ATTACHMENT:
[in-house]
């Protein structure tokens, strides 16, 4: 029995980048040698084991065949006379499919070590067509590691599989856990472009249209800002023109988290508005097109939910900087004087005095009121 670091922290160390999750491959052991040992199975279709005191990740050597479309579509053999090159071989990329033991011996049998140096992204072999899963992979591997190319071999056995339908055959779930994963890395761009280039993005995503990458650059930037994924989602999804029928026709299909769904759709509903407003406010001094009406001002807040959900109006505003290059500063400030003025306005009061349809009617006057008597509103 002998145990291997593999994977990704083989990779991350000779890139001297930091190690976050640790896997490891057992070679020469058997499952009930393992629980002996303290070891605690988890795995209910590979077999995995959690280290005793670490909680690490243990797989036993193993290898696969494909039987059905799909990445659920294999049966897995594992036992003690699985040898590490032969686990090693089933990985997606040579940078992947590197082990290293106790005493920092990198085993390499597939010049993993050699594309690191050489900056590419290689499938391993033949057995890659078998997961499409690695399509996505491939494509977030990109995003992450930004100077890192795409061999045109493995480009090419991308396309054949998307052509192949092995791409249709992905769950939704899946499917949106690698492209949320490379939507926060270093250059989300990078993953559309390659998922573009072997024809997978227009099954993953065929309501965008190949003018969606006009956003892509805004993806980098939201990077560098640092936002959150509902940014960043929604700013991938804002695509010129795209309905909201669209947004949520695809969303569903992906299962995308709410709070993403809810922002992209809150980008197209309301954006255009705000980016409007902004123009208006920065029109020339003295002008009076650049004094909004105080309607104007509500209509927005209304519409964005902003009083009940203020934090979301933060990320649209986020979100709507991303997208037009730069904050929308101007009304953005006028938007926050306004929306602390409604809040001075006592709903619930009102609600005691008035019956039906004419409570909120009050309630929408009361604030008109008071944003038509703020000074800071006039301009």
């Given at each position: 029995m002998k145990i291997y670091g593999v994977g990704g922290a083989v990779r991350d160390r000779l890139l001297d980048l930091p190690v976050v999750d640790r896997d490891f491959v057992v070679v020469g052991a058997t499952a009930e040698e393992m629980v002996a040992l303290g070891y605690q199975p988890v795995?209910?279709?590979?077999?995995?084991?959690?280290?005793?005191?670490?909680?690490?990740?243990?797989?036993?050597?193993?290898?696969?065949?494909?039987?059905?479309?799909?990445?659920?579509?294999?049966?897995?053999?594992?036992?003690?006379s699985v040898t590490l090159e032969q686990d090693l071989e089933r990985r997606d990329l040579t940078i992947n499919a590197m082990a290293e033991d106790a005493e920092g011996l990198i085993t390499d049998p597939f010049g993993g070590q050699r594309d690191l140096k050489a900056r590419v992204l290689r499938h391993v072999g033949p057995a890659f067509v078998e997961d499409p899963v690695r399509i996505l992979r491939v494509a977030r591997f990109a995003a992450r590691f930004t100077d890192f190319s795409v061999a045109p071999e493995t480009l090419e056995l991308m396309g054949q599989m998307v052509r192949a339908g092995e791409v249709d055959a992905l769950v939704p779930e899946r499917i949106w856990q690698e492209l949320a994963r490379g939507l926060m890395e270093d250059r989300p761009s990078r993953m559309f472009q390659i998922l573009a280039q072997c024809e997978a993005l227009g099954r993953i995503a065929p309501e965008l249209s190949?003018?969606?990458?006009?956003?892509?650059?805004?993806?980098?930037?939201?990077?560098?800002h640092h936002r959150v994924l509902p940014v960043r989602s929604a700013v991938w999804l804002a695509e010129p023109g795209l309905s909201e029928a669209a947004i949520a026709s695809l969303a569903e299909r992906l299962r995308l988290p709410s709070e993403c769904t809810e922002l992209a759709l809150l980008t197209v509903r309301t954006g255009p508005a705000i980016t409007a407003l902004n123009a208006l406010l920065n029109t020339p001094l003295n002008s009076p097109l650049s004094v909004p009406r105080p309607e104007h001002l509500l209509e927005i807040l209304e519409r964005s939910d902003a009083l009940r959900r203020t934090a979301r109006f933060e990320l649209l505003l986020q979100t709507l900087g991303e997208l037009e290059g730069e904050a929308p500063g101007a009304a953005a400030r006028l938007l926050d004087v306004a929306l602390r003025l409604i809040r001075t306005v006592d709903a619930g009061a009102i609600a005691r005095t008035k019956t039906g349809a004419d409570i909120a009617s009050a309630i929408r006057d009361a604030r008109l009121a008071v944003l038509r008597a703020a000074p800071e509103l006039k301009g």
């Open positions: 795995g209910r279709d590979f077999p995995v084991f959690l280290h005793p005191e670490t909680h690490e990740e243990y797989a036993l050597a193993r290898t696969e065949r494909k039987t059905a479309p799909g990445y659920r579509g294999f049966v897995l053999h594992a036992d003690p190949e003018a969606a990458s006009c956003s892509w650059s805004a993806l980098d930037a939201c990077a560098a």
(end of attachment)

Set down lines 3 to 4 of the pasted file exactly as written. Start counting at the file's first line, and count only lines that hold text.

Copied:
């Given at each position: 029995m002998k145990i291997y670091g593999v994977g990704g922290a083989v990779r991350d160390r000779l890139l001297d980048l930091p190690v976050v999750d640790r896997d490891f491959v057992v070679v020469g052991a058997t499952a009930e040698e393992m629980v002996a040992l303290g070891y605690q199975p988890v795995?209910?279709?590979?077999?995995?084991?959690?280290?005793?005191?670490?909680?690490?990740?243990?797989?036993?050597?193993?290898?696969?065949?494909?039987?059905?479309?799909?990445?659920?579509?294999?049966?897995?053999?594992?036992?003690?006379s699985v040898t590490l090159e032969q686990d090693l071989e089933r990985r997606d990329l040579t940078i992947n499919a590197m082990a290293e033991d106790a005493e920092g011996l990198i085993t390499d049998p597939f010049g993993g070590q050699r594309d690191l140096k050489a900056r590419v992204l290689r499938h391993v072999g033949p057995a890659f067509v078998e997961d499409p899963v690695r399509i996505l992979r491939v494509a977030r591997f990109a995003a992450r590691f930004t100077d890192f190319s795409v061999a045109p071999e493995t480009l090419e056995l991308m396309g054949q599989m998307v052509r192949a339908g092995e791409v249709d055959a992905l769950v939704p779930e899946r499917i949106w856990q690698e492209l949320a994963r490379g939507l926060m890395e270093d250059r989300p761009s990078r993953m559309f472009q390659i998922l573009a280039q072997c024809e997978a993005l227009g099954r993953i995503a065929p309501e965008l249209s190949?003018?969606?990458?006009?956003?892509?650059?805004?993806?980098?930037?939201?990077?560098?800002h640092h936002r959150v994924l509902p940014v960043r989602s929604a700013v991938w999804l804002a695509e010129p023109g795209l309905s909201e029928a669209a947004i949520a026709s695809l969303a569903e299909r992906l299962r995308l988290p709410s709070e993403c769904t809810e922002l992209a759709l809150l980008t197209v509903r309301t954006g255009p508005a705000i980016t409007a407003l902004n123009a208006l406010l920065n029109t020339p001094l003295n002008s009076p097109l650049s004094v909004p009406r105080p309607e104007h001002l509500l209509e927005i807040l209304e519409r964005s939910d902003a009083l009940r959900r203020t934090a979301r109006f933060e990320l649209l505003l986020q979100t709507l900087g991303e997208l037009e290059g730069e904050a929308p500063g101007a009304a953005a400030r006028l938007l926050d004087v306004a929306l602390r003025l409604i809040r001075t306005v006592d709903a619930g009061a009102i609600a005691r005095t008035k019956t039906g349809a004419d409570i909120a009617s009050a309630i929408r006057d009361a604030r008109l009121a008071v944003l038509r008597a703020a000074p800071e509103l006039k301009g």
């Open positions: 795995g209910r279709d590979f077999p995995v084991f959690l280290h005793p005191e670490t909680h690490e990740e243990y797989a036993l050597a193993r290898t696969e065949r494909k039987t059905a479309p799909g990445y659920r579509g294999f049966v897995l053999h594992a036992d003690p190949e003018a969606a990458s006009c956003s892509w650059s805004a993806l980098d930037a939201c990077a560098a």